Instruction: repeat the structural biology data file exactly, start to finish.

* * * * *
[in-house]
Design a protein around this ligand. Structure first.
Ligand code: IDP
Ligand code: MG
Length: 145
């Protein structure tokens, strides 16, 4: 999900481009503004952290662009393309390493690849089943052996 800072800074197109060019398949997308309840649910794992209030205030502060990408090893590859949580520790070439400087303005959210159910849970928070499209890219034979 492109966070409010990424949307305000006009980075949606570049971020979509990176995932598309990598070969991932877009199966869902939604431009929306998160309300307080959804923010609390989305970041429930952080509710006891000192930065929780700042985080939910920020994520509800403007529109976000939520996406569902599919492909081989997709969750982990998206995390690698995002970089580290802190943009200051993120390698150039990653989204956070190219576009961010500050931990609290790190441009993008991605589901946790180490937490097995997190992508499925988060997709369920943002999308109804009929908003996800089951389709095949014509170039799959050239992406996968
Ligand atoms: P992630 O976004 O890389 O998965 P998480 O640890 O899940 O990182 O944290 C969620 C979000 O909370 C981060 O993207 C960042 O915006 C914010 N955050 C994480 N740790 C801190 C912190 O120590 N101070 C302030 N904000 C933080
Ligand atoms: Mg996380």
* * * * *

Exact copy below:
[in-house]
Design a protein around this ligand. Structure first.
Ligand code: IDP
Ligand code: MG
Length: 145
């Protein structure tokens, strides 16, 4: 999900481009503004952290662009393309390493690849089943052996 800072800074197109060019398949997308309840649910794992209030205030502060990408090893590859949580520790070439400087303005959210159910849970928070499209890219034979 492109966070409010990424949307305000006009980075949606570049971020979509990176995932598309990598070969991932877009199966869902939604431009929306998160309300307080959804923010609390989305970041429930952080509710006891000192930065929780700042985080939910920020994520509800403007529109976000939520996406569902599919492909081989997709969750982990998206995390690698995002970089580290802190943009200051993120390698150039990653989204956070190219576009961010500050931990609290790190441009993008991605589901946790180490937490097995997190992508499925988060997709369920943002999308109804009929908003996800089951389709095949014509170039799959050239992406996968
Ligand atoms: P992630 O976004 O890389 O998965 P998480 O640890 O899940 O990182 O944290 C969620 C979000 O909370 C981060 O993207 C960042 O915006 C914010 N955050 C994480 N740790 C801190 C912190 O120590 N101070 C302030 N904000 C933080
Ligand atoms: Mg996380």